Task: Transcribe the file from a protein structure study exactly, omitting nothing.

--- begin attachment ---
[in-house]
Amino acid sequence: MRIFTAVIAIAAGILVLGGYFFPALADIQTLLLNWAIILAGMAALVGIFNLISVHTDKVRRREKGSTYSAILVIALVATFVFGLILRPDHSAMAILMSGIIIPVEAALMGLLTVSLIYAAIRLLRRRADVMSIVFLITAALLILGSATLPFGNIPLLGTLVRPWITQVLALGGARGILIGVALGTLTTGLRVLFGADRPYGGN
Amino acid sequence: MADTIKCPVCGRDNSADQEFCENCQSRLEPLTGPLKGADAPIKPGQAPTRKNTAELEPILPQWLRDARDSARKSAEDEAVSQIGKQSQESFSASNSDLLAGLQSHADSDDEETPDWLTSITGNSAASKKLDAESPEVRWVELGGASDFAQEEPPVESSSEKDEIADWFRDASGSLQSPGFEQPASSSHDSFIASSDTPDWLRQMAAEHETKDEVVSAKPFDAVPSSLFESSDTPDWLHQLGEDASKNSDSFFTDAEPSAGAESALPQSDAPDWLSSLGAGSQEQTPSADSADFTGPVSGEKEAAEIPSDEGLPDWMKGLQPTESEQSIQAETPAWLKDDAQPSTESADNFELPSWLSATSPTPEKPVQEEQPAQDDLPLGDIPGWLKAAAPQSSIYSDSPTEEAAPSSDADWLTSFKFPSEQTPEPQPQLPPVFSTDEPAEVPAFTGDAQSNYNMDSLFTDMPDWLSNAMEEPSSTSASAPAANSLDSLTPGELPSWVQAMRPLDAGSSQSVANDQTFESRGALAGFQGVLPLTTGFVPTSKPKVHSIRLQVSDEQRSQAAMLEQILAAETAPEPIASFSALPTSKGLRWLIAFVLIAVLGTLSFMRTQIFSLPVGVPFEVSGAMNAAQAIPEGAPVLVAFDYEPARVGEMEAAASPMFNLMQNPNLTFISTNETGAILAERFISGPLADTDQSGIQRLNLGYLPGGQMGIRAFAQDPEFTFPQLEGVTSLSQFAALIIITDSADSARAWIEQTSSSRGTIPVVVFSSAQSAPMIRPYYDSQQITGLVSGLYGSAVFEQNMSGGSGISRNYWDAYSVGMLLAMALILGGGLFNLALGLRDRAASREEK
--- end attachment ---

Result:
[in-house]
Amino acid sequence: MRIFTAVIAIAAGILVLGGYFFPALADIQTLLLNWAIILAGMAALVGIFNLISVHTDKVRRREKGSTYSAILVIALVATFVFGLILRPDHSAMAILMSGIIIPVEAALMGLLTVSLIYAAIRLLRRRADVMSIVFLITAALLILGSATLPFGNIPLLGTLVRPWITQVLALGGARGILIGVALGTLTTGLRVLFGADRPYGGN
Amino acid sequence: MADTIKCPVCGRDNSADQEFCENCQSRLEPLTGPLKGADAPIKPGQAPTRKNTAELEPILPQWLRDARDSARKSAEDEAVSQIGKQSQESFSASNSDLLAGLQSHADSDDEETPDWLTSITGNSAASKKLDAESPEVRWVELGGASDFAQEEPPVESSSEKDEIADWFRDASGSLQSPGFEQPASSSHDSFIASSDTPDWLRQMAAEHETKDEVVSAKPFDAVPSSLFESSDTPDWLHQLGEDASKNSDSFFTDAEPSAGAESALPQSDAPDWLSSLGAGSQEQTPSADSADFTGPVSGEKEAAEIPSDEGLPDWMKGLQPTESEQSIQAETPAWLKDDAQPSTESADNFELPSWLSATSPTPEKPVQEEQPAQDDLPLGDIPGWLKAAAPQSSIYSDSPTEEAAPSSDADWLTSFKFPSEQTPEPQPQLPPVFSTDEPAEVPAFTGDAQSNYNMDSLFTDMPDWLSNAMEEPSSTSASAPAANSLDSLTPGELPSWVQAMRPLDAGSSQSVANDQTFESRGALAGFQGVLPLTTGFVPTSKPKVHSIRLQVSDEQRSQAAMLEQILAAETAPEPIASFSALPTSKGLRWLIAFVLIAVLGTLSFMRTQIFSLPVGVPFEVSGAMNAAQAIPEGAPVLVAFDYEPARVGEMEAAASPMFNLMQNPNLTFISTNETGAILAERFISGPLADTDQSGIQRLNLGYLPGGQMGIRAFAQDPEFTFPQLEGVTSLSQFAALIIITDSADSARAWIEQTSSSRGTIPVVVFSSAQSAPMIRPYYDSQQITGLVSGLYGSAVFEQNMSGGSGISRNYWDAYSVGMLLAMALILGGGLFNLALGLRDRAASREEK